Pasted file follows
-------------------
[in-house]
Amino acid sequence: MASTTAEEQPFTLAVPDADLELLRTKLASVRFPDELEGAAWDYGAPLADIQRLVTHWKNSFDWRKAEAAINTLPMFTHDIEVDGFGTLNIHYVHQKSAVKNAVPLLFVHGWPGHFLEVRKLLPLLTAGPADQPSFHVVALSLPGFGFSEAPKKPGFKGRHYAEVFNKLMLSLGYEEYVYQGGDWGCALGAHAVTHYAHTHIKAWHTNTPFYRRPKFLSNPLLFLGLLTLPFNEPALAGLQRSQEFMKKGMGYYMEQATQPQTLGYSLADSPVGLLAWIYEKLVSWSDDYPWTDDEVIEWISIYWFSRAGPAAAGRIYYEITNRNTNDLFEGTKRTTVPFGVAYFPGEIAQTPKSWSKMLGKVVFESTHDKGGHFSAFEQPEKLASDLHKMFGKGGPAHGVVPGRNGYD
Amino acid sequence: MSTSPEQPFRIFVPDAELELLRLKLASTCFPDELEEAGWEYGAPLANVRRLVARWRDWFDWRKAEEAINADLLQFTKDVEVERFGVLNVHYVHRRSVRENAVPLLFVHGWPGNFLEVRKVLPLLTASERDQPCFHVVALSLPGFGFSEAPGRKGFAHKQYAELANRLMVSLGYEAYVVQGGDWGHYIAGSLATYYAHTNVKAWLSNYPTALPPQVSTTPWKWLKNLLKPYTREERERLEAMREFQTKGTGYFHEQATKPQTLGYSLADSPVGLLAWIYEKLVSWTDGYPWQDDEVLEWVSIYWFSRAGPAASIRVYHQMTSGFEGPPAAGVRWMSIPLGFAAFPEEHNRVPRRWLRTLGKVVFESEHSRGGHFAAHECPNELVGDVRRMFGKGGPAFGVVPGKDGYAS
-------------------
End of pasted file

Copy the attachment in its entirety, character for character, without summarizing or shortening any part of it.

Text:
[in-house]
Amino acid sequence: MASTTAEEQPFTLAVPDADLELLRTKLASVRFPDELEGAAWDYGAPLADIQRLVTHWKNSFDWRKAEAAINTLPMFTHDIEVDGFGTLNIHYVHQKSAVKNAVPLLFVHGWPGHFLEVRKLLPLLTAGPADQPSFHVVALSLPGFGFSEAPKKPGFKGRHYAEVFNKLMLSLGYEEYVYQGGDWGCALGAHAVTHYAHTHIKAWHTNTPFYRRPKFLSNPLLFLGLLTLPFNEPALAGLQRSQEFMKKGMGYYMEQATQPQTLGYSLADSPVGLLAWIYEKLVSWSDDYPWTDDEVIEWISIYWFSRAGPAAAGRIYYEITNRNTNDLFEGTKRTTVPFGVAYFPGEIAQTPKSWSKMLGKVVFESTHDKGGHFSAFEQPEKLASDLHKMFGKGGPAHGVVPGRNGYD
Amino acid sequence: MSTSPEQPFRIFVPDAELELLRLKLASTCFPDELEEAGWEYGAPLANVRRLVARWRDWFDWRKAEEAINADLLQFTKDVEVERFGVLNVHYVHRRSVRENAVPLLFVHGWPGNFLEVRKVLPLLTASERDQPCFHVVALSLPGFGFSEAPGRKGFAHKQYAELANRLMVSLGYEAYVVQGGDWGHYIAGSLATYYAHTNVKAWLSNYPTALPPQVSTTPWKWLKNLLKPYTREERERLEAMREFQTKGTGYFHEQATKPQTLGYSLADSPVGLLAWIYEKLVSWTDGYPWQDDEVLEWVSIYWFSRAGPAASIRVYHQMTSGFEGPPAAGVRWMSIPLGFAAFPEEHNRVPRRWLRTLGKVVFESEHSRGGHFAAHECPNELVGDVRRMFGKGGPAFGVVPGKDGYAS